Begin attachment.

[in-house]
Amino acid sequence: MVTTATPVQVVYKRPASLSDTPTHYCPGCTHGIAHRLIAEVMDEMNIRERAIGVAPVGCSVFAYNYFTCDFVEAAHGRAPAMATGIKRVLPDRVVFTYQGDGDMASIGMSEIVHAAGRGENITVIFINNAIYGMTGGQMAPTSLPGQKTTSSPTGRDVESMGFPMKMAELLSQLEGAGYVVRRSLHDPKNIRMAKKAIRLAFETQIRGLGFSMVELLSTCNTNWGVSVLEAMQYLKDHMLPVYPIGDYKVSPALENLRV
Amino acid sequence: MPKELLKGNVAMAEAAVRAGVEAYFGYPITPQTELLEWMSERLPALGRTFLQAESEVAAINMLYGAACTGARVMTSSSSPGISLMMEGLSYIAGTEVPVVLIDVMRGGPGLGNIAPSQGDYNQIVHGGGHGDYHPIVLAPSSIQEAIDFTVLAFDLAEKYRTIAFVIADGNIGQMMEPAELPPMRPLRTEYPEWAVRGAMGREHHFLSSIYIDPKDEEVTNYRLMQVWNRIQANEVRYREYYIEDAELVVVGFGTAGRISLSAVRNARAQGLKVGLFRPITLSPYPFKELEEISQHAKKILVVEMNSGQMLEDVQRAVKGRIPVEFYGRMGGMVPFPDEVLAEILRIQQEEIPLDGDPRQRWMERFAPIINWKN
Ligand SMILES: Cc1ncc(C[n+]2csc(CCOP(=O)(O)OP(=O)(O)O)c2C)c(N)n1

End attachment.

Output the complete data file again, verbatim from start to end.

[in-house]
Amino acid sequence: MVTTATPVQVVYKRPASLSDTPTHYCPGCTHGIAHRLIAEVMDEMNIRERAIGVAPVGCSVFAYNYFTCDFVEAAHGRAPAMATGIKRVLPDRVVFTYQGDGDMASIGMSEIVHAAGRGENITVIFINNAIYGMTGGQMAPTSLPGQKTTSSPTGRDVESMGFPMKMAELLSQLEGAGYVVRRSLHDPKNIRMAKKAIRLAFETQIRGLGFSMVELLSTCNTNWGVSVLEAMQYLKDHMLPVYPIGDYKVSPALENLRV
Amino acid sequence: MPKELLKGNVAMAEAAVRAGVEAYFGYPITPQTELLEWMSERLPALGRTFLQAESEVAAINMLYGAACTGARVMTSSSSPGISLMMEGLSYIAGTEVPVVLIDVMRGGPGLGNIAPSQGDYNQIVHGGGHGDYHPIVLAPSSIQEAIDFTVLAFDLAEKYRTIAFVIADGNIGQMMEPAELPPMRPLRTEYPEWAVRGAMGREHHFLSSIYIDPKDEEVTNYRLMQVWNRIQANEVRYREYYIEDAELVVVGFGTAGRISLSAVRNARAQGLKVGLFRPITLSPYPFKELEEISQHAKKILVVEMNSGQMLEDVQRAVKGRIPVEFYGRMGGMVPFPDEVLAEILRIQQEEIPLDGDPRQRWMERFAPIINWKN
Ligand SMILES: Cc1ncc(C[n+]2csc(CCOP(=O)(O)OP(=O)(O)O)c2C)c(N)n1